Why this ObamaCare repeal gives Democrats a fright
And Demonrats are actually afraid that this legislation will pass.
What confounds ObamaCare defenders most is the fear of the unknown about this bill.
“After a few weeks of lying dormant, Trumpcare is back and it’s meaner than ever,” augured Senate Minority Leader Chuck Schumer, D-N.Y.
House Minority Leader Nancy Pelosi, D-Calif., contended the latest Republican effort to fell ObamaCare didn’t catch Democrats by surprise.
“I think they like the fact that people are paying attention to hurricanes and earthquakes and DACA and this and that and that they might be able to sneak this by,” said Pelosi.
It takes 60 votes to break filibusters in the Senate. There certainly aren’t the votes to get anywhere near 60 on this legislation. So the GOP is using a special process called “budget reconciliation” which neuters filibusters and requires a simple majority to approve bills. Here’s the problem: the budget reconciliation measure for health care expires at 11:59:59 p.m. ET Sept. 30.
But in reality, the operational deadline is late Sept. 28 – or at the very latest, the early hours of Sept. 29.
Yom Kippur is the holiest day on the Jewish calendar. It begins at sundown on Sept. 29 – 6:53 p.m. ET on Friday. Jewish senators want to be home for synagogue and prayer. Yom Kippur ends an hour after sundown on Sept. 30 – around 7:51 p.m. ET. That leaves a narrow window after the holiday before the budget reconciliation opportunity for health care expires. This is why it’s likely this must be settled on Sept. 28 or, at the latest, early the next day. However, more than one Senate source noted to Fox News that the Senate voted on Christmas Eve morning to approve the first version of ObamaCare in 2009.
The new health care move emerges because of a stark reality: Congress really only acts on hard deadlines. Sure, there were all of the attempts by Republicans on Capitol Hill when President Obama was in office. But those were never going anywhere. Plus, the GOP never could agree on a “replacement” bill.
That all changed with the election of President Trump. And the crush is on with the clock ticking.
The vote is close.
“I’ve never felt better about where we’re at,” bragged Graham about the vote count.
Of course, almost any GOP repeal and replace bill would likely command at least 45 yes votes. Republicans only need to climb to 50 yeas and then have Vice President Pence break a tie.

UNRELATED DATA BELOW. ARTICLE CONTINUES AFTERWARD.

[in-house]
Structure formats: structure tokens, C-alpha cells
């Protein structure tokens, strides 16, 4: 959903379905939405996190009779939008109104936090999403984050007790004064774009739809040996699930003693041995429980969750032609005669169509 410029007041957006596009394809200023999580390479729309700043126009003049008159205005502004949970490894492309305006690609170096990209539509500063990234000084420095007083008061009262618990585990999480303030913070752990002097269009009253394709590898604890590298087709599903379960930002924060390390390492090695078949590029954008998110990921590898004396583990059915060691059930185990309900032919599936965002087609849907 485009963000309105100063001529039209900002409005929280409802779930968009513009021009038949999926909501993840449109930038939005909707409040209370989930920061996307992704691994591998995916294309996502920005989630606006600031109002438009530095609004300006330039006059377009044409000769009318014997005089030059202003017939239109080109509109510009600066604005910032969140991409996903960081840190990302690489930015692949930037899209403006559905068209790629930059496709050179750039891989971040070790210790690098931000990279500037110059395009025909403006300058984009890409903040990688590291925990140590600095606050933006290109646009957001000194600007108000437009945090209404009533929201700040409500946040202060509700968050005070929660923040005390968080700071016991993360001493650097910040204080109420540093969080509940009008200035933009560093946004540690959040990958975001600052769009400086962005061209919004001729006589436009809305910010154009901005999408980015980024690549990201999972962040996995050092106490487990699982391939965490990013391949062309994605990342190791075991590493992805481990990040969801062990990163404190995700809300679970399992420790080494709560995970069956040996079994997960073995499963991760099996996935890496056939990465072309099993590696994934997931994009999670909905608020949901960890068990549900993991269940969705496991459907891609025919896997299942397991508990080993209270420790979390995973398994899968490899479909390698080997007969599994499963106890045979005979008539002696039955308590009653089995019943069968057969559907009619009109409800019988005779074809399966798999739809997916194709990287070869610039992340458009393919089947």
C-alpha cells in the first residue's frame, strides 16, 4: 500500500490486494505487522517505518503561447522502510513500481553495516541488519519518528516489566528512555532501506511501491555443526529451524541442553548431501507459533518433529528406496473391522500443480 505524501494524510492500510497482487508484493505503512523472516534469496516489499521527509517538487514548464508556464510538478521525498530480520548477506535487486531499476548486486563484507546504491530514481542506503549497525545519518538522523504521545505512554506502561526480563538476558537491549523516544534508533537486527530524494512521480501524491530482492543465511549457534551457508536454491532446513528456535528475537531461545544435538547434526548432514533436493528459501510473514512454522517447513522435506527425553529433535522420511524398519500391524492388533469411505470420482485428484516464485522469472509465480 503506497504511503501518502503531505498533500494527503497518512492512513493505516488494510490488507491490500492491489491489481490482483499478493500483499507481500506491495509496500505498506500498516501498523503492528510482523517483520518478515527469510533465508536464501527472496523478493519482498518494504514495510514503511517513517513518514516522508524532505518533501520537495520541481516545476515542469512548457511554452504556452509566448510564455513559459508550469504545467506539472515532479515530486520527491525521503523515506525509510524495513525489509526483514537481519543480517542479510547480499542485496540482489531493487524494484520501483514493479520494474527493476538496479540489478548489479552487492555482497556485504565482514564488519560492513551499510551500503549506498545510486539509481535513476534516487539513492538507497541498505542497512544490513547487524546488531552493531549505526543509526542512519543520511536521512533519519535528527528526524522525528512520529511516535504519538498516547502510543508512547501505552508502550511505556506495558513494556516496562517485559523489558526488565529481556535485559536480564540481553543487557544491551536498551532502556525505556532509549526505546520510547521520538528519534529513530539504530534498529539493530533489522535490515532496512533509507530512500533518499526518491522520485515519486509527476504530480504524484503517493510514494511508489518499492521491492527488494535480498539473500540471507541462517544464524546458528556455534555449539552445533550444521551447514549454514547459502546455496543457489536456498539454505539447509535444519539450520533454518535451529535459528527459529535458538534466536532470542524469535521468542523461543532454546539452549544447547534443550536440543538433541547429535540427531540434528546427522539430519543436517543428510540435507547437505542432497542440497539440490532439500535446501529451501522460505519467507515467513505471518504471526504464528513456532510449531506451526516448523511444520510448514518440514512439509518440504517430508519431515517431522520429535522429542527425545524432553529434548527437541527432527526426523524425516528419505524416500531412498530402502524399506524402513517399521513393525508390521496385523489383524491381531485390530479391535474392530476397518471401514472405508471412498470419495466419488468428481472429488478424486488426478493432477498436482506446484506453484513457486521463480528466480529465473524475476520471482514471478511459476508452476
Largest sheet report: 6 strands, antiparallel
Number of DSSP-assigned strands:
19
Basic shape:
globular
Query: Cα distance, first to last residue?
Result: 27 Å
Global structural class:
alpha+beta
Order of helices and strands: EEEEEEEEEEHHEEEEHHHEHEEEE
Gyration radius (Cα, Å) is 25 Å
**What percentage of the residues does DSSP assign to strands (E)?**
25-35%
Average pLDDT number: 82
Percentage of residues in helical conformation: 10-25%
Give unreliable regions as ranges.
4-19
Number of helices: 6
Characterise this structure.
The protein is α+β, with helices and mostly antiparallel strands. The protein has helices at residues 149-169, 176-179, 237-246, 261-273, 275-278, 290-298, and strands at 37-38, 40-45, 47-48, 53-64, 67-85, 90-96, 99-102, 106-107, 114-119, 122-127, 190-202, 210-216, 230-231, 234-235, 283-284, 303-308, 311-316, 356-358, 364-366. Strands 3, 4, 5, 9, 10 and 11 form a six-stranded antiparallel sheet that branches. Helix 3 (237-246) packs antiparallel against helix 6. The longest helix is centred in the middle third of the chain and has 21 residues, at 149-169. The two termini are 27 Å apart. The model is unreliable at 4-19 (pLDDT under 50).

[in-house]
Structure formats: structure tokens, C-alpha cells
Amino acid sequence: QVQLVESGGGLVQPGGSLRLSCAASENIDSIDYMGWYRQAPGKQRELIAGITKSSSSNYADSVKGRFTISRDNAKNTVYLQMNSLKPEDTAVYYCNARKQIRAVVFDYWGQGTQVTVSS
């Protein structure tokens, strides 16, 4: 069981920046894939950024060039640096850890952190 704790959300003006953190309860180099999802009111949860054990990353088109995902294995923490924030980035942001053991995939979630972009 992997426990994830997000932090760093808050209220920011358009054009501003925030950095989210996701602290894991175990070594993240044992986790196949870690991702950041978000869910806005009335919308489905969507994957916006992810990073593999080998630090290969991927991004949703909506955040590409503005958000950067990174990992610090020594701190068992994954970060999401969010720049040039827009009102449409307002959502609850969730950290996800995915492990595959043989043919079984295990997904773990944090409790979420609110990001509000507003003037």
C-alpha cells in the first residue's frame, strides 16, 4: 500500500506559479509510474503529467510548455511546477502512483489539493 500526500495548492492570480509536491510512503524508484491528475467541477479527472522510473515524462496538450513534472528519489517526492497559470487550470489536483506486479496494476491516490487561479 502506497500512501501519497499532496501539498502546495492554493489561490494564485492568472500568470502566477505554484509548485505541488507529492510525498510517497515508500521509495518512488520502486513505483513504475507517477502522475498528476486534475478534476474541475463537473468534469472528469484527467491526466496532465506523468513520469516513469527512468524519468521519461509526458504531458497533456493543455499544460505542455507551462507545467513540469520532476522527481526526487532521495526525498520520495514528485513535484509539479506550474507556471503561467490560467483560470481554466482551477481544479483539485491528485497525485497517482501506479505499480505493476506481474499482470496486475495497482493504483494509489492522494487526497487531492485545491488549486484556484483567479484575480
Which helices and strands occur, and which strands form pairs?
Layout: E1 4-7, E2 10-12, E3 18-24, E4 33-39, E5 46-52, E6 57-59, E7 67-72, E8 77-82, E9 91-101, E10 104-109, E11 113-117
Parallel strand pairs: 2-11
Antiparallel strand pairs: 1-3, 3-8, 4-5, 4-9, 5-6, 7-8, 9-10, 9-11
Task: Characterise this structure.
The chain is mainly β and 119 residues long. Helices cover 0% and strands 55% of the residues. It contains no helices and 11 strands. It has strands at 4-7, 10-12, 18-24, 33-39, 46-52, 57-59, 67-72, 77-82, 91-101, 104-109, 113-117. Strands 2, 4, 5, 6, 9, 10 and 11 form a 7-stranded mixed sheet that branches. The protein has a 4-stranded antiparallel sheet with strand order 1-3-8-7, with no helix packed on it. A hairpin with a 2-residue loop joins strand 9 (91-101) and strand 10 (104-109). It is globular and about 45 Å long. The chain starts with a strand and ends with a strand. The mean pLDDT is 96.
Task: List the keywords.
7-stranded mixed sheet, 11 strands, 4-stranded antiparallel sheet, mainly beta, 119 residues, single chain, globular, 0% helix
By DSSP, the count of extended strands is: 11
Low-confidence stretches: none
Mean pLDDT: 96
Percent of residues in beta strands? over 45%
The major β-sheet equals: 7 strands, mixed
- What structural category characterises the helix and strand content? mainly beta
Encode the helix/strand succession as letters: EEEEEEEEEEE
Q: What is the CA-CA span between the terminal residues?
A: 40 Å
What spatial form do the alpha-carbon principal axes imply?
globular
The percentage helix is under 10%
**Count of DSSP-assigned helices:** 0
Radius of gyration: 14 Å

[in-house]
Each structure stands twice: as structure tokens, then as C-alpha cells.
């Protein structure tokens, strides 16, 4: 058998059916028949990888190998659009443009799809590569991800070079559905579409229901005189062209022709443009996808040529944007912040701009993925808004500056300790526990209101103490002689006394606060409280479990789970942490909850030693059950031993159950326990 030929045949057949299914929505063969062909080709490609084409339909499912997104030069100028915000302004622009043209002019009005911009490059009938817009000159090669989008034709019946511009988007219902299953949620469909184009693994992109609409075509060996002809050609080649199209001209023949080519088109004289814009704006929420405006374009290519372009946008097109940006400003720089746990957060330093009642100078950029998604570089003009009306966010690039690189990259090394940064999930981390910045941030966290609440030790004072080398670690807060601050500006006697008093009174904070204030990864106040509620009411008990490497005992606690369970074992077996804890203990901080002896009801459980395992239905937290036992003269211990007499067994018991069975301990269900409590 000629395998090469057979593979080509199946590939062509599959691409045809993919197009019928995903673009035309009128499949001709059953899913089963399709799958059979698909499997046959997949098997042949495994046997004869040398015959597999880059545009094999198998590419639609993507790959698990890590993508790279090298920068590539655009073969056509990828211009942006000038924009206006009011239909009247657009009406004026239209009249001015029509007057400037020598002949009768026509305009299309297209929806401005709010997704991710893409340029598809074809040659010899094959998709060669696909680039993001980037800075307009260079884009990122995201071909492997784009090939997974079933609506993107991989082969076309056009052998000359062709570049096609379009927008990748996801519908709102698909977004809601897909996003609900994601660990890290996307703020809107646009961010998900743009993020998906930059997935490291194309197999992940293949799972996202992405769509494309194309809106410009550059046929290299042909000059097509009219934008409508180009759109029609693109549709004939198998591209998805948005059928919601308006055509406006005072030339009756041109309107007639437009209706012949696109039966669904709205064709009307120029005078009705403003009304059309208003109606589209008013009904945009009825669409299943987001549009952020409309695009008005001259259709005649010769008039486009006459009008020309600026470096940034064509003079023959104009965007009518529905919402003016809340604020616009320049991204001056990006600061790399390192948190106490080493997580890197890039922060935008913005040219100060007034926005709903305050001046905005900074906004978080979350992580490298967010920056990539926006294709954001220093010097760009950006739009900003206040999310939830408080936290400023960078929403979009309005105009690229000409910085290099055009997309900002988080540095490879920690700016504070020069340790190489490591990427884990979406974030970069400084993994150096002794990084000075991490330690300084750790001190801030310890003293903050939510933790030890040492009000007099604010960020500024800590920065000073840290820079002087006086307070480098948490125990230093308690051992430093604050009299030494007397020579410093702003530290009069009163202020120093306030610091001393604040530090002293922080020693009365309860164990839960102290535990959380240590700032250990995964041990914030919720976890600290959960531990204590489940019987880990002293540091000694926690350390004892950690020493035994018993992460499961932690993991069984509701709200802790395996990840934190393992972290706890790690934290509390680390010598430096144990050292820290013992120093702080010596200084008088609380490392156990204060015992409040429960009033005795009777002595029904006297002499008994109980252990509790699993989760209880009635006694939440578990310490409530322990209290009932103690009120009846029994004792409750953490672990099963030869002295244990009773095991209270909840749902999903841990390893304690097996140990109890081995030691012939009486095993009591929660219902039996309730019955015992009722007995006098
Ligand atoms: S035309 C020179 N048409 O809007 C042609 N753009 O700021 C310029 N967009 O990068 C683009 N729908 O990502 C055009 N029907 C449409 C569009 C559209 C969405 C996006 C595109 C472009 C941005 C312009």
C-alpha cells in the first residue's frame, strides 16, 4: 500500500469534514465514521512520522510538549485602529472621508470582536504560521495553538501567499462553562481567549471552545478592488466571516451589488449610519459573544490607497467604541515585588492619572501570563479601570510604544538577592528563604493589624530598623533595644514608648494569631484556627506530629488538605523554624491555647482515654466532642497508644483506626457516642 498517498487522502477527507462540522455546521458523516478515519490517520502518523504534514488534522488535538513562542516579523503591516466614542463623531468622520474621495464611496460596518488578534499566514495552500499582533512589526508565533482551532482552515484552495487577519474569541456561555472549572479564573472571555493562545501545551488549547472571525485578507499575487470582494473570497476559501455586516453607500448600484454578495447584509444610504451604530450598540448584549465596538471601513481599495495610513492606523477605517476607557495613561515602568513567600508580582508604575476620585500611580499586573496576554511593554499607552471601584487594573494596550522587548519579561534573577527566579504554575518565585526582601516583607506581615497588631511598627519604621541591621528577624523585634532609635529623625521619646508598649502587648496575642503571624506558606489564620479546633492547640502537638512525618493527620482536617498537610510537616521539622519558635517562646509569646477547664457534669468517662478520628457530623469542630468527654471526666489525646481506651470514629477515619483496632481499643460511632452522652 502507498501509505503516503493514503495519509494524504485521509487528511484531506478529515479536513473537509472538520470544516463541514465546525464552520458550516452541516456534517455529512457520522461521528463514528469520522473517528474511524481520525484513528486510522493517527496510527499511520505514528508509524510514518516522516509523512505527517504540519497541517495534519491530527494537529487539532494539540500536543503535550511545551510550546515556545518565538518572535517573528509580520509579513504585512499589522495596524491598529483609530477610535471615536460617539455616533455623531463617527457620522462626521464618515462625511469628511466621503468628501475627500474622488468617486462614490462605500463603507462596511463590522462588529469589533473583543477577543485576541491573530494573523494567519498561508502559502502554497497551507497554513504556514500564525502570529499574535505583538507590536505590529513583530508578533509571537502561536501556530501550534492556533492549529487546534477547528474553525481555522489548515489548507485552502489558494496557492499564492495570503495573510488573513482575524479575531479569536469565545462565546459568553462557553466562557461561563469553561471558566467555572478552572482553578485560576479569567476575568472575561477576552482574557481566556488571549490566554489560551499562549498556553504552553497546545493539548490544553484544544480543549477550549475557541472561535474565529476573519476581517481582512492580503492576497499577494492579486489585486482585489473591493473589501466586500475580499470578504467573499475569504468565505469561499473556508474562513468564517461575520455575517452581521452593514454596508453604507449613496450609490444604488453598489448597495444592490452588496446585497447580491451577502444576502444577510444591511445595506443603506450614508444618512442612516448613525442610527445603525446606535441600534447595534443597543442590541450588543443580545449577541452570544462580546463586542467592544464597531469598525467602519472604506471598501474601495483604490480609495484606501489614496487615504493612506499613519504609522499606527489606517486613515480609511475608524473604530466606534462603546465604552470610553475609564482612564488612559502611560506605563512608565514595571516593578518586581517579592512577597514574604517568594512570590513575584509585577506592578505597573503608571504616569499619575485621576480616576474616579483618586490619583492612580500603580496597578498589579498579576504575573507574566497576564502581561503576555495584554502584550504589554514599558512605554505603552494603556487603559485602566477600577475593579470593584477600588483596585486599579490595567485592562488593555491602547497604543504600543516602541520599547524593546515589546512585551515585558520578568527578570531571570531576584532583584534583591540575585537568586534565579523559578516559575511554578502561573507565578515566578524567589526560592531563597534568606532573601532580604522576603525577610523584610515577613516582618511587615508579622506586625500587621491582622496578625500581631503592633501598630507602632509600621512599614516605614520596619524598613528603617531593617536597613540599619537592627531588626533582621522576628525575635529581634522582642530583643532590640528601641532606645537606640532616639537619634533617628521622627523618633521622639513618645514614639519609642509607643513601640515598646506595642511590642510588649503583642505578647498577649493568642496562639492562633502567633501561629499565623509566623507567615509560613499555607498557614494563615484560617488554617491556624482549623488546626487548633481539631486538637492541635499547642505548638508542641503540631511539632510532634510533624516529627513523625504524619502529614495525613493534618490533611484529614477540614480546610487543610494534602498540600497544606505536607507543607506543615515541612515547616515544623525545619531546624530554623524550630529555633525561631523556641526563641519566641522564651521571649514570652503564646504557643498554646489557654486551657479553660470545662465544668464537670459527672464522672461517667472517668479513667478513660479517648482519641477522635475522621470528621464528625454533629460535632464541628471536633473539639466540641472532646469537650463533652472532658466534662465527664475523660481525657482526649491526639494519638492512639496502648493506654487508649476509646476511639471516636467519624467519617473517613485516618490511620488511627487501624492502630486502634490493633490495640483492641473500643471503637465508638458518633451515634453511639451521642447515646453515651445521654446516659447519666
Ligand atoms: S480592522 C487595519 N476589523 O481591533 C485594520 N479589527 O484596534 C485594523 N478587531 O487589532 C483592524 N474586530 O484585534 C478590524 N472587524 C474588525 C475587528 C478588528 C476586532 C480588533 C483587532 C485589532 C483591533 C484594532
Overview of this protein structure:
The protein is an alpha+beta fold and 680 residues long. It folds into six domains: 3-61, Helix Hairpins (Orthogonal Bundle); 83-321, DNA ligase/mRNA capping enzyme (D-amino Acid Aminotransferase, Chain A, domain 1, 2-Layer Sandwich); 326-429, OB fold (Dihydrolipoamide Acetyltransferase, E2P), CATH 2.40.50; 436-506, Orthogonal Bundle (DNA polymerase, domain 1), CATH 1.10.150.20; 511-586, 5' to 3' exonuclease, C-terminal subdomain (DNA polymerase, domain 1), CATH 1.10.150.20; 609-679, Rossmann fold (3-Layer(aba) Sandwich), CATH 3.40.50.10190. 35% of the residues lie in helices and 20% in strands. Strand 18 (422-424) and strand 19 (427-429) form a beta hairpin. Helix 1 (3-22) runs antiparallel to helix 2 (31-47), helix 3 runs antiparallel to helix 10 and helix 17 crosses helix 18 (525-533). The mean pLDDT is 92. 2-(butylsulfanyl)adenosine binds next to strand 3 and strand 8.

“I think we’re going to get 50 Republicans,” Graham said on Fox News. “And I’ll make a prediction. A couple of Democrats will come on board.”
Democrats still have a way to block the bill.
The budget reconciliation process caps debate time at 20 hours. But the Senate burned off that time in July. All that’s left are chances to amend the bill. This unfolds during what’s called a “vote-a-rama.” Vote-a-ramas are where senators cast ballot after ballot. This consumes anywhere from six hours to nearly an entire calendar day. Senate Democrats could flood the floor with amendments to the bill. If the Senate isn’t wrapped up by Sept. 30, the budget reconciliation carriage turns into a pumpkin.
Senate Democrats also have another option: submit amendments so lengthy that they take hours to read aloud on the floor. The Senate usually halts the oral reading of an amendment after a few seconds. But that process requires “unanimous consent.” If Senate Democrats play their cards right, they wouldn’t grant GOPers consent to end the reading of their amendments. That could chew up hours and wind down the clock.
If these sound like potentially desperate tactics by Democrats, they are.
Democrats thought they long ago extinguished the repeal and replace threat. But just like Alien, it’s back. That’s why Democrats interpret the Graham/Cassidy bill as more virulent and unpredictable as other efforts they’ve quashed.
And so the tension builds. No one knows what’s next.
It’s almost worthy of cinema from Ridley Scott.